It’s Jacques Cousteau’s birthday today, and we’re pretty sure it’s safe to say that his mother would have been proud of him. Ever heard of a self-contained underwater breathing apparatus? If you haven’t, that’s because its acronym is a lot more popular — and for good reason — in everyday speech. That’s right; Jacques Cousteau is responsible for the first ever piece of SCUBA equipment, which was then called an Aqua-Lung. Actually, if we’re being honest, we like that first name a lot better. But, hey, we didn’t come up with the idea, so it’s fair that we shouldn’t get any say. Self-contained underwater breathing apparatus it is. [diving saucer photo via spe235doran]
But you can’t limit Cousteau’s contributions to solving the whole how-do-we-breathe-underwater dilemma. In fact, it’s impossible to limit his contributions, merely because there are just so many. A lot of what we know about the underwater world today is thanks to this one remarkable French man. He’s responsible for some of the most revealing sea-related documentaries, including The Silent World, The Golden Fish, and The World Without Sun.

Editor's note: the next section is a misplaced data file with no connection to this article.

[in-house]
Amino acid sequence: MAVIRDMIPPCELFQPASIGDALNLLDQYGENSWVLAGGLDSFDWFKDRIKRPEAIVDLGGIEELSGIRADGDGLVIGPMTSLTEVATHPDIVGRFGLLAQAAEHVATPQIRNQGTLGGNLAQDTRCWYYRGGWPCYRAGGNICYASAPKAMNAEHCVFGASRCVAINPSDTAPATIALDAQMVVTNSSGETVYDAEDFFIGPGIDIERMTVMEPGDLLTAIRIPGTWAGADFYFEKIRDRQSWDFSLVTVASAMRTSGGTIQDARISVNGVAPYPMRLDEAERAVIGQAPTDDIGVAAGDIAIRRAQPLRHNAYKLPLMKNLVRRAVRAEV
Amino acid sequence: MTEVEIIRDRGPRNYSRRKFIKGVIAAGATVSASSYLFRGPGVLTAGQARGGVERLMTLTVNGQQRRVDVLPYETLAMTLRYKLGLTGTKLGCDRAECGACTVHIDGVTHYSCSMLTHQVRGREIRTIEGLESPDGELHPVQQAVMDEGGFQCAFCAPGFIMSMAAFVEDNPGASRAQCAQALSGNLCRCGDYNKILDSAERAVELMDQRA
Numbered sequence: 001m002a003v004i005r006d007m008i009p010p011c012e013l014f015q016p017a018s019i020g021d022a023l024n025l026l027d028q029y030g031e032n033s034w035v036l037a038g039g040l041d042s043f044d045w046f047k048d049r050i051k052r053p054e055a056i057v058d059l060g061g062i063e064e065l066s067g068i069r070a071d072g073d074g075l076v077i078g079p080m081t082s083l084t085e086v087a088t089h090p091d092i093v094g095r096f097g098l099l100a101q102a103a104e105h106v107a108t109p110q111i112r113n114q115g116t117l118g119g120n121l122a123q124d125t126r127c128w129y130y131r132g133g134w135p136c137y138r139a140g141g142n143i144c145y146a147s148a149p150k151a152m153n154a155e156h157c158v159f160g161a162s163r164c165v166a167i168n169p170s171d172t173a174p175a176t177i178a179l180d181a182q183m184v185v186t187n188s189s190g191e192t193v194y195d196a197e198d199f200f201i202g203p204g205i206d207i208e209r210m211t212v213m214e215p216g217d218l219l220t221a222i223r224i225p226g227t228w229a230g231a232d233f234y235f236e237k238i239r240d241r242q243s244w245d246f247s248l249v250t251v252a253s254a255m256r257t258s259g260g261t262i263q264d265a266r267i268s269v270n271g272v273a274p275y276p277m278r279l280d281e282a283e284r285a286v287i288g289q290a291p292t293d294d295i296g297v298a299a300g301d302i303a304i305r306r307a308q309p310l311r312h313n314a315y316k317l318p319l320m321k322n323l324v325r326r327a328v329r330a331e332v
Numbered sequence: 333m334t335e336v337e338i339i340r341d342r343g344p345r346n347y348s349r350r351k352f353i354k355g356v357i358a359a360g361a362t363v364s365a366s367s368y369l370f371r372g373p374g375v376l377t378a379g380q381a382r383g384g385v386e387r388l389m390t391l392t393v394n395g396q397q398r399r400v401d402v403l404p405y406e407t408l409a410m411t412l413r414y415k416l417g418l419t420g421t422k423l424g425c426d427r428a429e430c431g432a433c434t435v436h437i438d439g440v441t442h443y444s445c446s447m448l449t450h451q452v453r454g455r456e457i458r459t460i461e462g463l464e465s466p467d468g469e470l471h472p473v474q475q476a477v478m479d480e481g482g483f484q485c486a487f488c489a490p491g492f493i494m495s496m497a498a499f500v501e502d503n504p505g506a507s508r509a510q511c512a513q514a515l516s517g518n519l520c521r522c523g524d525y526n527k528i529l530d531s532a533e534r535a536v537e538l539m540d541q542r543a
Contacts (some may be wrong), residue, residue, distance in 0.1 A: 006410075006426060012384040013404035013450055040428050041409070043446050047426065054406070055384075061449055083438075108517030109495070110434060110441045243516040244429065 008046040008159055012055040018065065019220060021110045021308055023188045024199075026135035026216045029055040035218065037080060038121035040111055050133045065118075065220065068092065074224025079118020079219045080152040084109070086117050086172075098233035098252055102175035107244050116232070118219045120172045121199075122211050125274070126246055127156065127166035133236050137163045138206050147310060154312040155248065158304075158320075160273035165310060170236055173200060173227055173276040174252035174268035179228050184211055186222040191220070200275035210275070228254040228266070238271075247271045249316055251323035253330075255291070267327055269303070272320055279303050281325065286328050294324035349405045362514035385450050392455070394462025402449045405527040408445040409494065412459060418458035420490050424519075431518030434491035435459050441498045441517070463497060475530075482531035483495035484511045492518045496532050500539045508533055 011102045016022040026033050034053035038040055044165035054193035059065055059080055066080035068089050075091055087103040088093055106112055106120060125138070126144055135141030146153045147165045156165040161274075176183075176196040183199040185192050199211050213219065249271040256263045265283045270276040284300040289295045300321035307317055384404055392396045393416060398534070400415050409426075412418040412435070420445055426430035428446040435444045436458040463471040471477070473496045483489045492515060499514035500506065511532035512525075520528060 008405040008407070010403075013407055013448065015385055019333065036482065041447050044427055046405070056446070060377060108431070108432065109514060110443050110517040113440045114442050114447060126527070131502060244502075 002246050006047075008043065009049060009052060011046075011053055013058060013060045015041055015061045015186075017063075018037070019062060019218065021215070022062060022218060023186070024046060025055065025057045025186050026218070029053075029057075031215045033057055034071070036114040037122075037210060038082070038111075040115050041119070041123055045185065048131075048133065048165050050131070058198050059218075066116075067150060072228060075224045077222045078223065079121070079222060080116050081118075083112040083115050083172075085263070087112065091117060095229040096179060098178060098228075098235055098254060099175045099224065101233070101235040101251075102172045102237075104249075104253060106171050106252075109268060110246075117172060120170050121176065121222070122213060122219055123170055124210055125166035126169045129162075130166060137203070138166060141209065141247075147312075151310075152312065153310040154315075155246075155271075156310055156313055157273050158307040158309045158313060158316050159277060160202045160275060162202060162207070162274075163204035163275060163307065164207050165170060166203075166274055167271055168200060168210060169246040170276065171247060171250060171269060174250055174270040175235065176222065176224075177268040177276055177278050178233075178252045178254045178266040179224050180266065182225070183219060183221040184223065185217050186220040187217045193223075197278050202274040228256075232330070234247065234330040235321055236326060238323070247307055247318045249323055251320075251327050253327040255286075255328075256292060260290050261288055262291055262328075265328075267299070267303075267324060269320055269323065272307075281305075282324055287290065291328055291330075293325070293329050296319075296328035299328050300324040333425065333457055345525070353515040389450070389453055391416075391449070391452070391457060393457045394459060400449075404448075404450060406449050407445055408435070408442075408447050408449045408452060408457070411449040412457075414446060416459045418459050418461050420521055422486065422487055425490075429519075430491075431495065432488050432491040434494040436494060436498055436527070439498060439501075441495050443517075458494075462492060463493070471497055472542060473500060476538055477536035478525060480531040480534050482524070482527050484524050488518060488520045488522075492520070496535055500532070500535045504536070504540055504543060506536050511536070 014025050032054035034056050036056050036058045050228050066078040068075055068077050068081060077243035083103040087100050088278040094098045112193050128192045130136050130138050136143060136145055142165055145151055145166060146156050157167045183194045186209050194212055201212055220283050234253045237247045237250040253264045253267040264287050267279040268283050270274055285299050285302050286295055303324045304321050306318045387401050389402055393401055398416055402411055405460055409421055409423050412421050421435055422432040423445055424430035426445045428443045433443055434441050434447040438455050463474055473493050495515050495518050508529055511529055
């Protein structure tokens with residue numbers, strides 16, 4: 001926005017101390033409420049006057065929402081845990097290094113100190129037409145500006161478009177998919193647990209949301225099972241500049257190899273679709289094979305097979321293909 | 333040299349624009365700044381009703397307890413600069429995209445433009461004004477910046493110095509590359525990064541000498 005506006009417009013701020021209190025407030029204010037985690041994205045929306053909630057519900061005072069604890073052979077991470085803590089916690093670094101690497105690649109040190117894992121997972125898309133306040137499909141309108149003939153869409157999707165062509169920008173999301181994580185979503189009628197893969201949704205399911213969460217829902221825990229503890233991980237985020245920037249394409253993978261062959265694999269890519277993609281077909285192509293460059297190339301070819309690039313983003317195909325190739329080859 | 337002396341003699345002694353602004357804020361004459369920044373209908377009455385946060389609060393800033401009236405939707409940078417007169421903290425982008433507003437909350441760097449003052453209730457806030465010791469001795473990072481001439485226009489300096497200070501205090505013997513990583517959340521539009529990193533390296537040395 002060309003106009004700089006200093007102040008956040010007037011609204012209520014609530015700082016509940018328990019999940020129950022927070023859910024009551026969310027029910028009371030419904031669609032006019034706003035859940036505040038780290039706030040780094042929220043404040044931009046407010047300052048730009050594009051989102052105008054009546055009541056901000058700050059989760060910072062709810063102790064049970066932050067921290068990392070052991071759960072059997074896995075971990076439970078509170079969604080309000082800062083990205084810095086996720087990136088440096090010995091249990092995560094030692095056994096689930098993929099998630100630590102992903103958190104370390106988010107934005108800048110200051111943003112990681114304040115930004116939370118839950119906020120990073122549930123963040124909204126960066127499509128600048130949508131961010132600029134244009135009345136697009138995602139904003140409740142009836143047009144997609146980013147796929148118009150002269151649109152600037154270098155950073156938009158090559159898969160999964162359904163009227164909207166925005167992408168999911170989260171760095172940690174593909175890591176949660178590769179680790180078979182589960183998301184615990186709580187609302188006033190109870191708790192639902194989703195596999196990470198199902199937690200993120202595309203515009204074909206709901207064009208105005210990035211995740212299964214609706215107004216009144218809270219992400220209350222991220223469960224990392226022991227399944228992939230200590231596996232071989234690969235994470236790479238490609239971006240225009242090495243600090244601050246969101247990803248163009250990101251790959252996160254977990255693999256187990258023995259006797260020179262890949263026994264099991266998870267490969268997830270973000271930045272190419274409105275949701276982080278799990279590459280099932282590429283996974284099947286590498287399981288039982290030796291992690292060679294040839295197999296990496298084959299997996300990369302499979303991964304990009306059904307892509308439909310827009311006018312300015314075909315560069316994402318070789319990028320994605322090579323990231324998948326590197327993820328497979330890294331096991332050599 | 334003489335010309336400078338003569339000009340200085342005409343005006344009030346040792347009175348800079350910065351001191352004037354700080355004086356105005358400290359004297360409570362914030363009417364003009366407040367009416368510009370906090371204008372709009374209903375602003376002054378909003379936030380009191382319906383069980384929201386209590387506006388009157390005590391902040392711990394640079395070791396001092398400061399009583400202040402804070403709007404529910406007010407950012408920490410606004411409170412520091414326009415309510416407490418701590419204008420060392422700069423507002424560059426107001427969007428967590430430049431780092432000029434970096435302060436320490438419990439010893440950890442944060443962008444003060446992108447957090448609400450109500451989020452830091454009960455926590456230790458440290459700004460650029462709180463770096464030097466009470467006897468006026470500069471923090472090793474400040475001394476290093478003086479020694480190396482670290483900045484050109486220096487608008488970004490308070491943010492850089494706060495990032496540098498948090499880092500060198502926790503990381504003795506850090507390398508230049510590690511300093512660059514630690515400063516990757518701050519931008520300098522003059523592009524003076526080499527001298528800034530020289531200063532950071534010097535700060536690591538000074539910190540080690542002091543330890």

And even when his own personal documentaries ceased, the world was eager to keep learning, and ABC, NBC, and Metromedia created a television series of their own, The Undersea World of Jacques Cousteau, based on the ocean aficionado.
Jacques Cousteau’s relationship with the ocean and its creatures didn’t just reach a surface-level — no pun intended — knowledge. In 1986, Cousteau succeeded in using his influence in order to pass a moratorium on commercial whaling. And, because he just didn’t seem to want to stop, he also sought to prevent the French government from dumping nuclear waste into the Mediterranean Sea. What a guy, right?
And, perhaps this is just because we’re kind of devoted to all our parents out there, but we can’t help but be suckers for a smart, successful family man. Jacques Cousteau was the father of four children: Jean-Michel, born in 1938; Philippe, born in 1940 (and, unfortunately, passed away in 1979); Diane, born in 1980 (yes, that is quite the jump); and Pierre-Yves, born in 1982. Today would have been Cousteau’s 103rd birthday, so they’re not exactly kids anymore, but he still managed to successfully raise children and teach the entire world about, well, another world. Here’s to you, Jacques Cousteau. Happy birthday!